A few years ago a friend of ours who is half Japanese and grew up for the first several years of his life there before moving to the US, went back to visit his mother's family. He brought us back a beautiful iron bell, or furin. Similar to a set of wind chimes, they are hung mostly in the summer in Japan. Either indoors near a window or outdoor on a eve of the house. The ringing of the bell is equated with the sound of summer in Japan. Here's some info about them from an online travel magazine:
For some people, the relaxing sound of the furin paired with the sound of the Japanese cicada eases the summer heat. The furin has a piece of paper hung from the center of the bowl shaped bell. When the wind blows, the paper catches the wind and moves the clapper to produce the sound. Thanks to the paper, the furin is able to emit the gentle sound that everyone likes enjoy during the summer months. Furthermore, the paper is used to enhance the feeling of a cool summer breeze. The paper allows us to visually see the wind. Even when the paper moves from a light breeze, you suddenly acknowledge the presence of the wind. It is the secret of how to feel cool even on the hot and humid days of the Japanese summer.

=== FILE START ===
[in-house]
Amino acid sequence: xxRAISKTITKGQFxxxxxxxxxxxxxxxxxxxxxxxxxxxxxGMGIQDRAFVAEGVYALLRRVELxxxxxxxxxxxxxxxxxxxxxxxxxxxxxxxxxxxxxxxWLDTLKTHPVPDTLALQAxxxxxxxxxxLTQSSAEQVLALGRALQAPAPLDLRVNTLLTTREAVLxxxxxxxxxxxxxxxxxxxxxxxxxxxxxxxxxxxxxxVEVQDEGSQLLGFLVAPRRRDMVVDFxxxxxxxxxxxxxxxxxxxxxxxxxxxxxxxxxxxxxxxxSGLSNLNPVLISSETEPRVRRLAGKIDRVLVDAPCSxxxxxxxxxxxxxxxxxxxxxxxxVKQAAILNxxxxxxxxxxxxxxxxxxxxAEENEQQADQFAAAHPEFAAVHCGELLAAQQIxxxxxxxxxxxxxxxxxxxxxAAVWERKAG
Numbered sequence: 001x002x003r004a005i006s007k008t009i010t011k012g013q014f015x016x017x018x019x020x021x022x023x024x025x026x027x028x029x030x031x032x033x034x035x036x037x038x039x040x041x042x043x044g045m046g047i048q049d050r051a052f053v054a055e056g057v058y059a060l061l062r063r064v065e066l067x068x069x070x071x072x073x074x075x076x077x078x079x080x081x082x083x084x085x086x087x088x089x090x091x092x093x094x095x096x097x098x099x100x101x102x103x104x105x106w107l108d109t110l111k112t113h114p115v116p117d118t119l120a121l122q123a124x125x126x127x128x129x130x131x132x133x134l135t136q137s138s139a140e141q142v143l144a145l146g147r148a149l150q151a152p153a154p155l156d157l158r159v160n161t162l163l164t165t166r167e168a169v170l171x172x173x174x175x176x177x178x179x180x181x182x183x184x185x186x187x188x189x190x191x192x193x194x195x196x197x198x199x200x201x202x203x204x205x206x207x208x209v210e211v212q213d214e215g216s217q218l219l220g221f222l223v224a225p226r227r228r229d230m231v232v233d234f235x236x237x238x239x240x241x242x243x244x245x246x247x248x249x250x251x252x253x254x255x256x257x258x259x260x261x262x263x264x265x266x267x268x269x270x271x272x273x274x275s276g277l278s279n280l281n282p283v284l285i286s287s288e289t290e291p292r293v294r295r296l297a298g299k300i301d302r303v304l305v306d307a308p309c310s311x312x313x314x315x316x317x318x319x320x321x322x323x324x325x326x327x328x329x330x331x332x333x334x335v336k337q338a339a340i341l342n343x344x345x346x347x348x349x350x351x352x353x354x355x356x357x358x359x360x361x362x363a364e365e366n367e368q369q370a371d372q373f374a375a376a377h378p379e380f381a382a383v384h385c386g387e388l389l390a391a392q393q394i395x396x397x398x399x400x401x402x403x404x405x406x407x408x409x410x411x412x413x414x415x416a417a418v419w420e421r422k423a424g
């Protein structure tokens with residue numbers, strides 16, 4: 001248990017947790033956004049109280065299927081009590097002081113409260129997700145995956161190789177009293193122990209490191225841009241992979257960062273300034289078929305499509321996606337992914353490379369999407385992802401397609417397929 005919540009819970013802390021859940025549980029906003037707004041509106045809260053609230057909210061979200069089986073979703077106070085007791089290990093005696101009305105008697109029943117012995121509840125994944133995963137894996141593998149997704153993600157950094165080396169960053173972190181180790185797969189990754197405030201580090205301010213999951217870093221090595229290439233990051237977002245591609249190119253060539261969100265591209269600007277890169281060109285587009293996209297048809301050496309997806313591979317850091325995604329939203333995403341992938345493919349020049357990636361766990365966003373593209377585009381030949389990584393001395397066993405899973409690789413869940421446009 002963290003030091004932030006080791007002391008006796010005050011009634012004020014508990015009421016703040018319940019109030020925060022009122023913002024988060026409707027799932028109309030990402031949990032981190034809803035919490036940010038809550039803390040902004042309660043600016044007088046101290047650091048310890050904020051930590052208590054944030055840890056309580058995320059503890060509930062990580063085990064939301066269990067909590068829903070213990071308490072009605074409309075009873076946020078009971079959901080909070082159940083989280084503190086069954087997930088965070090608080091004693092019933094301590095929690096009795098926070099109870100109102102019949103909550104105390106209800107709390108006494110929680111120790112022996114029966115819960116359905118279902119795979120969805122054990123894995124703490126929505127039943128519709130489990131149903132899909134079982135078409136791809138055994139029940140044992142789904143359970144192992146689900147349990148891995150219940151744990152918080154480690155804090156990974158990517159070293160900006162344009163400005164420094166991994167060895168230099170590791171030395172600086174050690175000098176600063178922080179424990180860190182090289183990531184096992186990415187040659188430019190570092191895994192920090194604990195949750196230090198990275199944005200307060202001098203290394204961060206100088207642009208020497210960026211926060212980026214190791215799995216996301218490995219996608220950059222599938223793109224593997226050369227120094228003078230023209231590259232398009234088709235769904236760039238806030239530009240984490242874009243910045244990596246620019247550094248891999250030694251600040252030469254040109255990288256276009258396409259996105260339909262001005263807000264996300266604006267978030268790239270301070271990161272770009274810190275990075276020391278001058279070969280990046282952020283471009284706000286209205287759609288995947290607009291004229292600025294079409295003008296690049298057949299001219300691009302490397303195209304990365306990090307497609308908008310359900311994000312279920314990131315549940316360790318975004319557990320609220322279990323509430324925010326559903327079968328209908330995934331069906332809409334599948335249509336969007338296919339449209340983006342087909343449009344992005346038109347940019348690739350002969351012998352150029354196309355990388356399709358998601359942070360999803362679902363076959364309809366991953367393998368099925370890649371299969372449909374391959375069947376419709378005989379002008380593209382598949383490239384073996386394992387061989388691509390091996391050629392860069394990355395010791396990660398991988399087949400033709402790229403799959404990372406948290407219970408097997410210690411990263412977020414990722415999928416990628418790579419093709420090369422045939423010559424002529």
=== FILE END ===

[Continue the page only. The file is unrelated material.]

The bell has hung on our porch for about 5 years now, but recently the cotton string broke, which in turn let the paper float away into the wind. I though about repairing it with new paper and cotton string, but my friend Vikki drew my attention to another Japanese tradition, Kintsugi, or repairing broken pottery with gold, in order to highlight the breaks, rather than hide them. Showing the beauty of the new life the object has received through repairing it.
So I repaired mine with some treasured bits and bobs from my beading stash, including a stunning handblown glass focal bead (the black one in the center of the string), some round quartz crystals, picasso art glass beads, seed beads, bead caps & spacers, and a large crystal pendant I've been holding onto, awaiting the perfect project. I'm not sure it will ring as often as it did with the paper wind catcher, but I do love the site of it repaired and rehung on my porch, with the beads highlighting its ongoing presence in our lives, and reminding us of friends we don't see often enough.